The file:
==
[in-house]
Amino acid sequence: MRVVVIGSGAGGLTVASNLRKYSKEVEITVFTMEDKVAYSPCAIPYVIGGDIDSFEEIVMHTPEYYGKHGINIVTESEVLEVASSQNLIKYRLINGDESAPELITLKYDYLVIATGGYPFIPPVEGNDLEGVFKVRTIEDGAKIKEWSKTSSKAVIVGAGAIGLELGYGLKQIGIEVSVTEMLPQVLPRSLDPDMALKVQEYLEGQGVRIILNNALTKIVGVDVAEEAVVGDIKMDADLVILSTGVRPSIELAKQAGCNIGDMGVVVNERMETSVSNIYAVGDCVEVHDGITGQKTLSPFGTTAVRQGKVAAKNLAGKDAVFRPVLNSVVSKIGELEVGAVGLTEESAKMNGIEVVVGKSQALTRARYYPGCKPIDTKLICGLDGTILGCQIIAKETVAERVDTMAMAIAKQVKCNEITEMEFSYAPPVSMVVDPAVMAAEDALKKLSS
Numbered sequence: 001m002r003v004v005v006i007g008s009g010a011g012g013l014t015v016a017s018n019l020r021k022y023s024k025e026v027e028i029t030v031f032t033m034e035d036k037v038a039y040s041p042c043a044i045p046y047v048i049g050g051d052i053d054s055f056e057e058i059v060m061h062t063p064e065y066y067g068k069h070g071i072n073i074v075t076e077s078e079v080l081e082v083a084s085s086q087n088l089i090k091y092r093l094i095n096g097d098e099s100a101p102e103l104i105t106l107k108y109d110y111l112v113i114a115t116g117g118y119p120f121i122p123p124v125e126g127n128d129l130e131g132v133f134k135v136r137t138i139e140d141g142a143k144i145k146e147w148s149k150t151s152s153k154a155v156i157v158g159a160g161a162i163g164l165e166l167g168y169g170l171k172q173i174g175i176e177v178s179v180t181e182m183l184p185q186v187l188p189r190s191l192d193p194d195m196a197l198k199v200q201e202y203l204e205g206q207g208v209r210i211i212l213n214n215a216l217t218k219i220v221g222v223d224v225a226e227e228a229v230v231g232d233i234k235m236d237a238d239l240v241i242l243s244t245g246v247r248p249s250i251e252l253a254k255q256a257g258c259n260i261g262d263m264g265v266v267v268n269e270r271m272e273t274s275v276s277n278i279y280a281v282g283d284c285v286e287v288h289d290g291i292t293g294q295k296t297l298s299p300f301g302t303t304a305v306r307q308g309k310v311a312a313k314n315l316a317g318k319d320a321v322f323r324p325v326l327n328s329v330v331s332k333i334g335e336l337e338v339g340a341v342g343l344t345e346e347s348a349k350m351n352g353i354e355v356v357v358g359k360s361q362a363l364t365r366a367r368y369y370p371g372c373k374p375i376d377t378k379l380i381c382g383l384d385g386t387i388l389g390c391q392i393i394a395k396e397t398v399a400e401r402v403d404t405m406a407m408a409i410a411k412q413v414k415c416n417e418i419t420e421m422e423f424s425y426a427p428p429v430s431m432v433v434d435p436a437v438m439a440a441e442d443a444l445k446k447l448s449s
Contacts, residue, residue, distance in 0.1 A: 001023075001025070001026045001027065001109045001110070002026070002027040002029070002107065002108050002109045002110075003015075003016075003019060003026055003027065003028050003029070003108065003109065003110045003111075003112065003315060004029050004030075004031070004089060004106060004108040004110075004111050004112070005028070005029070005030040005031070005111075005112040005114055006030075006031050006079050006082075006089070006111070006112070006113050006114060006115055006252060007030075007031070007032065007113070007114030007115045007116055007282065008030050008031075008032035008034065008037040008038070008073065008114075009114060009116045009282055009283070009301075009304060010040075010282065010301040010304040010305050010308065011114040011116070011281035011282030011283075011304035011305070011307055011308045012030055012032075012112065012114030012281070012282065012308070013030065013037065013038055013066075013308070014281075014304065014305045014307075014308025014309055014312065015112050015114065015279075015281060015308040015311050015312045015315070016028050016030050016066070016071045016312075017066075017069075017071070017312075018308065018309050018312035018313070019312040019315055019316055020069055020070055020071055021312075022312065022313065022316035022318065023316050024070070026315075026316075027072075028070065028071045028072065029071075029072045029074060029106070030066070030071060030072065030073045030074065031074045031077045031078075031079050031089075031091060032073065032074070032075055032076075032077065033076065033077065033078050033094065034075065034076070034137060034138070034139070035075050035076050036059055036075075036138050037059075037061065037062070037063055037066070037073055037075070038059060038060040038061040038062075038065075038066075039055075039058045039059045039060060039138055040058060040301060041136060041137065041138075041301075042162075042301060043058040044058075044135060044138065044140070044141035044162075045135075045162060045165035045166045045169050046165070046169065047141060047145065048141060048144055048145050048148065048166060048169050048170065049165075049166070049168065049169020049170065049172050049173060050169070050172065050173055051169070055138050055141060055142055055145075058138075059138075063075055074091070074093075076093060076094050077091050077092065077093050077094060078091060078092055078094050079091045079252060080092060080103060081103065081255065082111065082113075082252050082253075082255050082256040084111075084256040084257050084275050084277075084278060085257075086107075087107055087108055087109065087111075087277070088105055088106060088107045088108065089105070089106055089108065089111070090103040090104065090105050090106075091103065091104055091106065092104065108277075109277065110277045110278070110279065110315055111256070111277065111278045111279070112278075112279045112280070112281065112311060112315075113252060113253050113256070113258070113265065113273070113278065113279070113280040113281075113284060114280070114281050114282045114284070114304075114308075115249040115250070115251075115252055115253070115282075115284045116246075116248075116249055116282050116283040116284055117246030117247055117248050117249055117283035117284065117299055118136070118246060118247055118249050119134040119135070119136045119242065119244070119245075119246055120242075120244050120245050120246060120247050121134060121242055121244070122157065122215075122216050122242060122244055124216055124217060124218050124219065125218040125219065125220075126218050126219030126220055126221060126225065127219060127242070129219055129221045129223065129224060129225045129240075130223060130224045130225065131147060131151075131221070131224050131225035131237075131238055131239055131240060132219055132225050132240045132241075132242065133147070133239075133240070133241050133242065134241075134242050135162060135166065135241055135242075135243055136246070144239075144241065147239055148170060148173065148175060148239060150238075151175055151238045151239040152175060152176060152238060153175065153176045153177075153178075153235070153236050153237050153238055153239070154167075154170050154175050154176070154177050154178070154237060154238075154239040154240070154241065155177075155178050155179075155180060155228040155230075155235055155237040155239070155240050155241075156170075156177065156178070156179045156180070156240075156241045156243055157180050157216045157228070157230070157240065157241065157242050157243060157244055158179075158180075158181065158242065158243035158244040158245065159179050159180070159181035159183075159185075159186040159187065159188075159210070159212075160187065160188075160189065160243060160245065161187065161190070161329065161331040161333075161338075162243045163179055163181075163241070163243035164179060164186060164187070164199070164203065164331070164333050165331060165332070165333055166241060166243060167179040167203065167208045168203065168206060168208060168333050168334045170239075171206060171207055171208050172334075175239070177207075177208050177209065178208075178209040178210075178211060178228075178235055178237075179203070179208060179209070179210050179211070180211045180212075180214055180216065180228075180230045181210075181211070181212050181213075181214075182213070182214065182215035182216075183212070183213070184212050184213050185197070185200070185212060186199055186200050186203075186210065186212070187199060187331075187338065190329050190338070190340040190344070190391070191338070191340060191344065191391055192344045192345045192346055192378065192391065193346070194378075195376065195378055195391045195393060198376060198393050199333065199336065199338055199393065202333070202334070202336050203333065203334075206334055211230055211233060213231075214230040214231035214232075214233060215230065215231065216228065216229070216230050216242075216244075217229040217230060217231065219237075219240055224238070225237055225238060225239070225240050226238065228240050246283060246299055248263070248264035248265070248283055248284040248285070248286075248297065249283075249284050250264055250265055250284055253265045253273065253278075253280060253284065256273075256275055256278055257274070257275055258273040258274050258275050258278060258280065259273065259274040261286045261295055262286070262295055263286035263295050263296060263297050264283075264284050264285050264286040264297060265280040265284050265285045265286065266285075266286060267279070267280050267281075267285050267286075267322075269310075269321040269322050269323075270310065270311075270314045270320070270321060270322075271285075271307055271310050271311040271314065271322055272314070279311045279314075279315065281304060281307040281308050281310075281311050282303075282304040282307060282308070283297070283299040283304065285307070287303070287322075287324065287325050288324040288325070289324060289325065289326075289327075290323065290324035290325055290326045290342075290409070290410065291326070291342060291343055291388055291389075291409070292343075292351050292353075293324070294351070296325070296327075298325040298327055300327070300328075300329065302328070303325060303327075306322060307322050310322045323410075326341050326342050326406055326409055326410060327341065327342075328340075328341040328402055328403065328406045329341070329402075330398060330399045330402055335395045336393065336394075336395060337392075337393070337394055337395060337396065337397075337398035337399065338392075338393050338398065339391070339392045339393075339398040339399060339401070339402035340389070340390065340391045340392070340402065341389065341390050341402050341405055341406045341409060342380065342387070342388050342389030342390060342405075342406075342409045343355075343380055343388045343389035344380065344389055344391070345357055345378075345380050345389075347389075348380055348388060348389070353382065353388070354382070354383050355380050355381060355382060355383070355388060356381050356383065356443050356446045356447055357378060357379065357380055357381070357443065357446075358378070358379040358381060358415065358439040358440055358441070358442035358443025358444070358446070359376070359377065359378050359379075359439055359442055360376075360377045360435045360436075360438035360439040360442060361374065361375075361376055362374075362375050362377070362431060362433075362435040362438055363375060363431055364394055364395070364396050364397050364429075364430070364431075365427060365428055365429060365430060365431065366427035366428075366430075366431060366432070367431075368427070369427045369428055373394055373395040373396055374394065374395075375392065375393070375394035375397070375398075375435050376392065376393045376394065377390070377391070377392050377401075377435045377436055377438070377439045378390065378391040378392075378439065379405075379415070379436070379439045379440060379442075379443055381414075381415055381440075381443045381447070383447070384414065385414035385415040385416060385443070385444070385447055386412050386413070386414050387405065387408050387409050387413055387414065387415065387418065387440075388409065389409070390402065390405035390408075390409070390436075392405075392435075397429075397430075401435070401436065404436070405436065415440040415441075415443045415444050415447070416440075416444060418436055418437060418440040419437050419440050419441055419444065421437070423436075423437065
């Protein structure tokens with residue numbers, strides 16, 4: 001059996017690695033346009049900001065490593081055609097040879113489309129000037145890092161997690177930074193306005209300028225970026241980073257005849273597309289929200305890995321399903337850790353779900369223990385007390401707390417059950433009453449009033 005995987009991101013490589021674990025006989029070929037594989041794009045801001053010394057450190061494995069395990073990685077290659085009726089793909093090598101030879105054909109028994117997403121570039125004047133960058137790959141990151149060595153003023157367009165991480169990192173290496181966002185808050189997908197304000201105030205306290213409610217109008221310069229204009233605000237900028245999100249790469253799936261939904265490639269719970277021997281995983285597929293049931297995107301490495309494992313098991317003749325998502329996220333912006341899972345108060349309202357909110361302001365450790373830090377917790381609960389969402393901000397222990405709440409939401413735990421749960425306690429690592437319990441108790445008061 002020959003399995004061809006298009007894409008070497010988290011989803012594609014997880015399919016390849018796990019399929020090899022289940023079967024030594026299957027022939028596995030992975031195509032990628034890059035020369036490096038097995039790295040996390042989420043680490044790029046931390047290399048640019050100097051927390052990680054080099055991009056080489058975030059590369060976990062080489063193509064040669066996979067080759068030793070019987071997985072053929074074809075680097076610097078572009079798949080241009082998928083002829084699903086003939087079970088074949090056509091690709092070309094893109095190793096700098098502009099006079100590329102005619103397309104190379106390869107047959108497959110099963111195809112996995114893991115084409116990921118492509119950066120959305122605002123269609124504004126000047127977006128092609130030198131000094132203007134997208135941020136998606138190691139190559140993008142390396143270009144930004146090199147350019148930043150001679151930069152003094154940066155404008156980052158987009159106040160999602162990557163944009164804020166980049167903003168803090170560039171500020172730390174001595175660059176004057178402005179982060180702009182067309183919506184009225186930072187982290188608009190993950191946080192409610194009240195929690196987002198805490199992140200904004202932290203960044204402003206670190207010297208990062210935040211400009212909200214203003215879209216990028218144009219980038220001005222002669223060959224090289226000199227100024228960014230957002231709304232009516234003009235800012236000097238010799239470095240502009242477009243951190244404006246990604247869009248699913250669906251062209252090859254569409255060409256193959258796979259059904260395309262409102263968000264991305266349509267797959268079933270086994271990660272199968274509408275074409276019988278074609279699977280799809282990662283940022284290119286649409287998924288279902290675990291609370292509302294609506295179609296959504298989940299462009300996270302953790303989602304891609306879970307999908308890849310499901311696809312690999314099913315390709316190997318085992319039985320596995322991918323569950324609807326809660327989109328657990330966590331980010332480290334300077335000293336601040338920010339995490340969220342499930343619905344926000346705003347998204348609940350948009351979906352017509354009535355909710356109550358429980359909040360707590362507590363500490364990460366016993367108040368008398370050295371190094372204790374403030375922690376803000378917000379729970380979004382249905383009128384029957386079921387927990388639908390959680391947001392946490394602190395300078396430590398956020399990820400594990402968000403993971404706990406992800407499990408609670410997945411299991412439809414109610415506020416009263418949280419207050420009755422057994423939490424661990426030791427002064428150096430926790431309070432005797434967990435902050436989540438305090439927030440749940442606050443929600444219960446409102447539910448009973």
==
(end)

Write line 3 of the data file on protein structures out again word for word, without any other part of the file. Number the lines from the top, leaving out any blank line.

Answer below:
Numbered sequence: 001m002r003v004v005v006i007g008s009g010a011g012g013l014t015v016a017s018n019l020r021k022y023s024k025e026v027e028i029t030v031f032t033m034e035d036k037v038a039y040s041p042c043a044i045p046y047v048i049g050g051d052i053d054s055f056e057e058i059v060m061h062t063p064e065y066y067g068k069h070g071i072n073i074v075t076e077s078e079v080l081e082v083a084s085s086q087n088l089i090k091y092r093l094i095n096g097d098e099s100a101p102e103l104i105t106l107k108y109d110y111l112v113i114a115t116g117g118y119p120f121i122p123p124v125e126g127n128d129l130e131g132v133f134k135v136r137t138i139e140d141g142a143k144i145k146e147w148s149k150t151s152s153k154a155v156i157v158g159a160g161a162i163g164l165e166l167g168y169g170l171k172q173i174g175i176e177v178s179v180t181e182m183l184p185q186v187l188p189r190s191l192d193p194d195m196a197l198k199v200q201e202y203l204e205g206q207g208v209r210i211i212l213n214n215a216l217t218k219i220v221g222v223d224v225a226e227e228a229v230v231g232d233i234k235m236d237a238d239l240v241i242l243s244t245g246v247r248p249s250i251e252l253a254k255q256a257g258c259n260i261g262d263m264g265v266v267v268n269e270r271m272e273t274s275v276s277n278i279y280a281v282g283d284c285v286e287v288h289d290g291i292t293g294q295k296t297l298s299p300f301g302t303t304a305v306r307q308g309k310v311a312a313k314n315l316a317g318k319d320a321v322f323r324p325v326l327n328s329v330v331s332k333i334g335e336l337e338v339g340a341v342g343l344t345e346e347s348a349k350m351n352g353i354e355v356v357v358g359k360s361q362a363l364t365r366a367r368y369y370p371g372c373k374p375i376d377t378k379l380i381c382g383l384d385g386t387i388l389g390c391q392i393i394a395k396e397t398v399a400e401r402v403d404t405m406a407m408a409i410a411k412q413v414k415c416n417e418i419t420e421m422e423f424s425y426a427p428p429v430s431m432v433v434d435p436a437v438m439a440a441e442d443a444l445k446k447l448s449s